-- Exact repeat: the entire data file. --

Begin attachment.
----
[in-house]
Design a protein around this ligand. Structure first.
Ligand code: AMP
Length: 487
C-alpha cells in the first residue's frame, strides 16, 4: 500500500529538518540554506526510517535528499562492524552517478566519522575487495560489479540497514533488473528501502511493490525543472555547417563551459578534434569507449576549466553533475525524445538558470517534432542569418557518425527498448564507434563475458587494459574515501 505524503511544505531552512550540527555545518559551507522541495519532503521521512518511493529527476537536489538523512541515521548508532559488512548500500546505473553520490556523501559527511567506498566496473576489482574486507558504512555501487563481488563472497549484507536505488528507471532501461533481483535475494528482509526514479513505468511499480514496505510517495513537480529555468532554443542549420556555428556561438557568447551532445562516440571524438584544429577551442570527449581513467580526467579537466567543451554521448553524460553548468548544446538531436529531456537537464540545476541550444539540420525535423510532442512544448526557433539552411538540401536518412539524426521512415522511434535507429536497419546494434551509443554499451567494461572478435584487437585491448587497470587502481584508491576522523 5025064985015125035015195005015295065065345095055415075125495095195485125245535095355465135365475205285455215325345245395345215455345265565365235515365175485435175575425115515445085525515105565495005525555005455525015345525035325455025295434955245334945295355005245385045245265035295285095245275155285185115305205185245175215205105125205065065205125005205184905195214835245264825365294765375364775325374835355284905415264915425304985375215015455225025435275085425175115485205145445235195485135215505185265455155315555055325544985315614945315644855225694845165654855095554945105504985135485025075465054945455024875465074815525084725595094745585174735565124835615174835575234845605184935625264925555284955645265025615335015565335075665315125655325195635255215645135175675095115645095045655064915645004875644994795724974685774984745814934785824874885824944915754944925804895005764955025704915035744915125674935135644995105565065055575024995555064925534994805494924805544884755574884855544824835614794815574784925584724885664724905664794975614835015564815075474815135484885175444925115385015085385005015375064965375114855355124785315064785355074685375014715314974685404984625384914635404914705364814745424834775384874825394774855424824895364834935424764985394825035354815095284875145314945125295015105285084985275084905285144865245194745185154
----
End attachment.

[in-house]
Design a protein around this ligand. Structure first.
Ligand code: AMP
Length: 487
C-alpha cells in the first residue's frame, strides 16, 4: 500500500529538518540554506526510517535528499562492524552517478566519522575487495560489479540497514533488473528501502511493490525543472555547417563551459578534434569507449576549466553533475525524445538558470517534432542569418557518425527498448564507434563475458587494459574515501 505524503511544505531552512550540527555545518559551507522541495519532503521521512518511493529527476537536489538523512541515521548508532559488512548500500546505473553520490556523501559527511567506498566496473576489482574486507558504512555501487563481488563472497549484507536505488528507471532501461533481483535475494528482509526514479513505468511499480514496505510517495513537480529555468532554443542549420556555428556561438557568447551532445562516440571524438584544429577551442570527449581513467580526467579537466567543451554521448553524460553548468548544446538531436529531456537537464540545476541550444539540420525535423510532442512544448526557433539552411538540401536518412539524426521512415522511434535507429536497419546494434551509443554499451567494461572478435584487437585491448587497470587502481584508491576522523 5025064985015125035015195005015295065065345095055415075125495095195485125245535095355465135365475205285455215325345245395345215455345265565365235515365175485435175575425115515445085525515105565495005525555005455525015345525035325455025295434955245334945295355005245385045245265035295285095245275155285185115305205185245175215205105125205065065205125005205184905195214835245264825365294765375364775325374835355284905415264915425304985375215015455225025435275085425175115485205145445235195485135215505185265455155315555055325544985315614945315644855225694845165654855095554945105504985135485025075465054945455024875465074815525084725595094745585174735565124835615174835575234845605184935625264925555284955645265025615335015565335075665315125655325195635255215645135175675095115645095045655064915645004875644994795724974685774984745814934785824874885824944915754944925804895005764955025704915035744915125674935135644995105565065055575024995555064925534994805494924805544884755574884855544824835614794815574784925584724885664724905664794975614835015564815075474815135484885175444925115385015085385005015375064965375114855355124785315064785355074685375014715314974685404984625384914635404914705364814745424834775384874825394774855424824895364834935424764985394825035354815095284875145314945125295015105285084985275084905285144865245194745185154